With that one statement, deputy Crown Prince Mohammed bin Salman (pictured above), changed the outlook for oil and energy markets. The world’s major oil producer, with the lowest cost, was signalling that the kingdom will no longer be supply-driven, focused on maximising oil revenue over the long term. And as the Prince told Bloomberg:
“We don’t care about oil prices—$30 or $70, they are all the same to us. This battle is not my battle.”
Thus the government’s new Vision statement is based on the assumption of a $30/bbl oil price in 2030 – in line with the long-term historical average. And one key element of this policy is the flotation of 5% of Saudi Aramco, the world’s largest oil company. Estimates suggest it is worth at least $2tn, meaning that 5% will be worth $100bn. And as I suggested to the Wall Street Journal yesterday:
“The process of listing will completely change the character of the company and demand a new openness from its senior management“.
Equally important is that the aim is to use the IPO to create the world’s largest sovereign wealth fund, which will not only include Aramco itself, but also real estate and other newly-privatised companies. This Public Investment Fund will have a value of between $2tn – $3tn, as the chart shows – meaning it could potentially buy the 4 largest public companies in the USA – Apple, Alphabet (Google), Microsoft and Berkshire Hathaway.
And the aim of this Fund will be to:
“Invest half its holdings overseas, excluding the Aramco stake, in assets that will produce a steady stream of dividends unmoored from fossil fuels”.
Why is this happening? Part of the answer, at least, is due to the financial crisis that engulfed Saudi this time last year. As the Prince’s financial adviser, Mohammed Al-Sheik, has explained, the post-2009 period of $100/bbl oil prices meant Saudi spending went:
“Beserk…with between 80 to 100 billion dollars of inefficient spending every year, about a quarter of the entire Saudi budget….At last April’s spending levels, Saudi would have gone completely broke by early 2017″.
It is clear from the Vision and the Prince’s interviews that this crisis was the catalyst for major change because:
“An oil price of 30-40-50 dollars spurs reforms (and enables Saudi) …to focus on the non-oil economy”
And now this change is underway. Saudi has already begun to boost its market share, selling on a spot basis (outside contract) to a Chinese refiner. And as the Prince has explained, Aramco in the process of being:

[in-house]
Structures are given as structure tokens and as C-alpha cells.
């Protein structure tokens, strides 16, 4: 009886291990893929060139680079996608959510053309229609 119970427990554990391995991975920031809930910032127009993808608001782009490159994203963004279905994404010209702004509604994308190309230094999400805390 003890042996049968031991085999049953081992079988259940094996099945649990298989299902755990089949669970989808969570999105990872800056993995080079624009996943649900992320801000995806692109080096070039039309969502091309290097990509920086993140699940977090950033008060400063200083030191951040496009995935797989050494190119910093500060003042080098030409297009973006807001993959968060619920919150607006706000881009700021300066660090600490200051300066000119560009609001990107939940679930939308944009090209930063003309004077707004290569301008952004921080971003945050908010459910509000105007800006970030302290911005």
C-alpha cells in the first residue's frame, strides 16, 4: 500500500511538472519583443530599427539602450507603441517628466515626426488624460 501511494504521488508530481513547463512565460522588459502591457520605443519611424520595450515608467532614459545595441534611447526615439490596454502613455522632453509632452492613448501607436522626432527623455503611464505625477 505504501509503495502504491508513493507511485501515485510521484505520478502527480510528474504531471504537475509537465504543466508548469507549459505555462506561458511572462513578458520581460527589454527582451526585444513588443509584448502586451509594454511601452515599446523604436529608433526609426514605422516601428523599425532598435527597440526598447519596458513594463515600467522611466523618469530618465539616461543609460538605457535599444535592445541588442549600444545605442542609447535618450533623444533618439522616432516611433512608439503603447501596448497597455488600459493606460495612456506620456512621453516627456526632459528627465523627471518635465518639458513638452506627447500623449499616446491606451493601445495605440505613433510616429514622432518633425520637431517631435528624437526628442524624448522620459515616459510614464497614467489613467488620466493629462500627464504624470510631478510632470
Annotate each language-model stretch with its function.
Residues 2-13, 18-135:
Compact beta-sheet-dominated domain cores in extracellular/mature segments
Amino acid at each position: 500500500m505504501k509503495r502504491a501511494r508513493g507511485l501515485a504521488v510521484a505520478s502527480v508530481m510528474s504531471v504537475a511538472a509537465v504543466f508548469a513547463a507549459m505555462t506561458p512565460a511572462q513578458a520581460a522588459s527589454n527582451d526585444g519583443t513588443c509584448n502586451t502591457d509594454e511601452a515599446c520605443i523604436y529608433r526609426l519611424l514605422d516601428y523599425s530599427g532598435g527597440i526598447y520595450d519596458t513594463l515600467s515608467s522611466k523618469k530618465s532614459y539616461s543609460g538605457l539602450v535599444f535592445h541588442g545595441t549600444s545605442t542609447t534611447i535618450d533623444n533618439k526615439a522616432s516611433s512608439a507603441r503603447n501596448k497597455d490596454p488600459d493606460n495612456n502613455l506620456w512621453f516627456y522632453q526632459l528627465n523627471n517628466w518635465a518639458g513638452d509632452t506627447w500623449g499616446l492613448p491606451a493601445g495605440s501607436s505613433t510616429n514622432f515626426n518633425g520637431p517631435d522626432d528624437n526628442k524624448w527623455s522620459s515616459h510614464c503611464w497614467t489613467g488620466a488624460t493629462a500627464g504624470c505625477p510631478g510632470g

“Transformed from an oil and gas company to an energy/industrial company…We’re targeting many projects. Most important is building the first solar energy plant in Saudi Arabia. Aramco is now the biggest company in the world and it has the capability of controlling the shape of energy in the future and we want to venture into that from today.
Also, we want to develop the petrochemicals market that depends on oil and the services provided by some of the oil derivatives as well as some of the industries that we might create given the size of Aramco. For example, we could create a huge construction company under Aramco that will also be offered to the public and that services projects other than Aramco’s projects in Saudi. So all these projects that we announce will be how we transform Aramco from an oil and gas company to an industrial and an energy company.”
In their own way, therefore, these new policy statements are likely to be as critical for the global economy as President Xi Jinping’s speech to China’s economic policy conference in November 2013, which effectively abandoned the previous stimulus policy and prepared the way for his New Normal economic direction.
As I wrote then, “we cannot know if he will succeed in moving the economy towards a more sustainable future“. And the same is true, today, for Prince Mohammed’s new policies. But what is clear, is that anyone who still believes that oil prices will “inevitably” return to $100/bbl are fooling themselves, just as were those who argued in 2013 that President Xi would “inevitably” continue with “business as usual” policies.